“Mrs. Dalloway said she would buy the flowers herself.” Inspired by the first line of Virginia Woolf’s 1925 novel, Mrs. Dalloway’s sells not only a wide range of books but also gardening merchandise and plants. This is fitting for a bookstore that’s nestled in the leafy surroundings of Berkeley’s Elmwood District. Founded in 2004 by Marion Abbott and Ann Leyhe, the store has been owned by Eric and Jessica Green since 2021.
We spoke with Carolyn Hutton, a longtime bookseller at Mrs. Dalloway’s.
What’s the coziest spot in your store for reading?
We often see kids hunkered down in our children’s department, lounging on the floor or cozied up on stools. There are little corners that make for a great place to grab a graphic novel or the latest in a series and forget about the world (and maybe hide from parents for a while).
What’s a little-known fact about your store?
While our longtime and local customers know this, new customers might not be aware that the space that houses our children’s department and the bulk of our nonfiction titles used to be part of the Elmwood Pharmacy/Ozzie’s Soda Fountain business. (Our building dates back to 1921.) When we expanded, the contractor intentionally built interior windows that open into the current cafe space. The staff next door even passes us our lunch and coffee orders through one of the windows, which is pretty sweet.
How would you describe the smell of your shop?
This is such a great question! The smell of Mrs. Ds is a wonderful mix of new books along with a number of unique scents. We carry organic soaps and natural beeswax candles that combine for fresh, clean woodsy notes. And we’re really lucky to share the common windows with the cafe next door (Baker & Commons), and the aroma of their baking pastries (the chocolate brownies with a hint of cinnamon are addictive!) makes for a mouth-watering environment.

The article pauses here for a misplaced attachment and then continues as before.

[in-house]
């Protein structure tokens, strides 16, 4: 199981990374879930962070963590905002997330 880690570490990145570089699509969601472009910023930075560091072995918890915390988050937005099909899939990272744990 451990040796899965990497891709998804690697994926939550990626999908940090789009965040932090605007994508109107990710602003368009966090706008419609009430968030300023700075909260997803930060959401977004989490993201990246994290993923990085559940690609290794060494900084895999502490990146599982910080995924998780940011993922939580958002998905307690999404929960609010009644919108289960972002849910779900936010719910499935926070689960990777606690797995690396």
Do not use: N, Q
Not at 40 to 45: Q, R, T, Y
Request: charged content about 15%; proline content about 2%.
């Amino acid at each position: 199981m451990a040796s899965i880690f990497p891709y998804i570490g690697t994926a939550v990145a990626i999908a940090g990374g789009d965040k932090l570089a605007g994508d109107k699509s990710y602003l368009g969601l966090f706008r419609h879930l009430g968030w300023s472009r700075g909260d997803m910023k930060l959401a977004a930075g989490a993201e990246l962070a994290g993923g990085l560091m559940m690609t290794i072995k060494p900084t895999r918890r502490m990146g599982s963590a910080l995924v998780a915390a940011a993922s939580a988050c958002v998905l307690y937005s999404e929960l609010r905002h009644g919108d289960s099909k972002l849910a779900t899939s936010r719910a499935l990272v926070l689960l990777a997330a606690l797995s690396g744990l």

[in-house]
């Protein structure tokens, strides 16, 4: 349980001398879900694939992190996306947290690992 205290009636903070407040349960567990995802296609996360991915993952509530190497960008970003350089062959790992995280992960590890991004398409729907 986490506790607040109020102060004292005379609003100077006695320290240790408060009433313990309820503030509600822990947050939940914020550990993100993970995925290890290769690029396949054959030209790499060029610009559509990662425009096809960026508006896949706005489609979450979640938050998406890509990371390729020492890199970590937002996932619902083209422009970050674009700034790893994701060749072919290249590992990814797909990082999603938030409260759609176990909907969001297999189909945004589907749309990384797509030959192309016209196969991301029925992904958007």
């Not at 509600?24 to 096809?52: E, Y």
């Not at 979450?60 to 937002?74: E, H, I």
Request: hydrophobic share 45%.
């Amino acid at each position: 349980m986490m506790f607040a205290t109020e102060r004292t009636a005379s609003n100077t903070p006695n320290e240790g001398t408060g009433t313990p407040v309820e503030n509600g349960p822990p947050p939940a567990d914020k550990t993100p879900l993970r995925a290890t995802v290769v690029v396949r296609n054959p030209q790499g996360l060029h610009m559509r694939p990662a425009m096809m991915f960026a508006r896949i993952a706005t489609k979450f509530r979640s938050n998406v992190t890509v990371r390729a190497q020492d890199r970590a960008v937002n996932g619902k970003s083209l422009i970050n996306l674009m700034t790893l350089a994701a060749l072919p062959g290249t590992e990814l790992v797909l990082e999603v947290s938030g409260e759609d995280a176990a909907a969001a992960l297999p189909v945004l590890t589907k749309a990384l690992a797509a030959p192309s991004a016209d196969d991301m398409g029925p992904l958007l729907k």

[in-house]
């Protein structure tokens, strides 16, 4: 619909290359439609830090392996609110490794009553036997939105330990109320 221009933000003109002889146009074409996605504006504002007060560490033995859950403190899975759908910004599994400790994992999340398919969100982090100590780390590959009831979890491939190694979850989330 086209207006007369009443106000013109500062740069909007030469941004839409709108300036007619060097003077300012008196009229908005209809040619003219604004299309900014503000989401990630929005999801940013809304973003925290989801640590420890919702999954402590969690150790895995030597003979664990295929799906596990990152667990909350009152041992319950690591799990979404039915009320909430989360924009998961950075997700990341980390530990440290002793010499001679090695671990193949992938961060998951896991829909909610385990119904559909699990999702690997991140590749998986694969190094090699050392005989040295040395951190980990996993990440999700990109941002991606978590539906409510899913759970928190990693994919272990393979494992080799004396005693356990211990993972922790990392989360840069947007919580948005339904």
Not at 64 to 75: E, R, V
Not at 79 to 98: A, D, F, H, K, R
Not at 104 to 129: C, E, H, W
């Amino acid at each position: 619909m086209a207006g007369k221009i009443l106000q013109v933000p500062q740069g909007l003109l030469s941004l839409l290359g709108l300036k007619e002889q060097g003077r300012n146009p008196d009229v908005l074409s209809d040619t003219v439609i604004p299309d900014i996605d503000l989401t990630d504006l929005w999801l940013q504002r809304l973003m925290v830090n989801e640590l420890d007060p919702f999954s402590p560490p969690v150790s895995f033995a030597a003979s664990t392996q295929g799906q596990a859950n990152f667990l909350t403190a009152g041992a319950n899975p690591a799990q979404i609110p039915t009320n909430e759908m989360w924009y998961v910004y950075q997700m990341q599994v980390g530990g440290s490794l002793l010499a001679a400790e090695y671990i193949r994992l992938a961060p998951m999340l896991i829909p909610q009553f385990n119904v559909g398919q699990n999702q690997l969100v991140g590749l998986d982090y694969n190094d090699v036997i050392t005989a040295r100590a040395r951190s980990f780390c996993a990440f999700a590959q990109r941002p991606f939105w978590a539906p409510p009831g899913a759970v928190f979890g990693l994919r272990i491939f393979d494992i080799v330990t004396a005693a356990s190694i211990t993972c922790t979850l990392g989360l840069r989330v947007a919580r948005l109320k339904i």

Which new book would you recommend most to readers?
I’m still thinking about Beyond That, the Sea, by debut novelist Laura Spence-Ash. It’s a gorgeous work of historical fiction, set between 1945 and 1965 in Boston and London. It follows the trajectory of two families, and how a choice made by one affects both for decades to come. It’s beautiful and heart-wrenching.
Aside from your own, what’s your favorite bookstore?
A Great Good Place for Books and Kathleen Caldwell are near and dear to my heart because it’s where I learned the ins and outs of the book business and forged so many relationships in the industry that I value to this day. I’m also enamored with Transom Bookshop in Tarrytown, New York. Chris Steib opened the shop in 2021 (a gutsy move, to say the least) and has created a super cool space that is intimate and thoughtfully curated. If I ever move to the Hudson Valley, that’s where I want to work.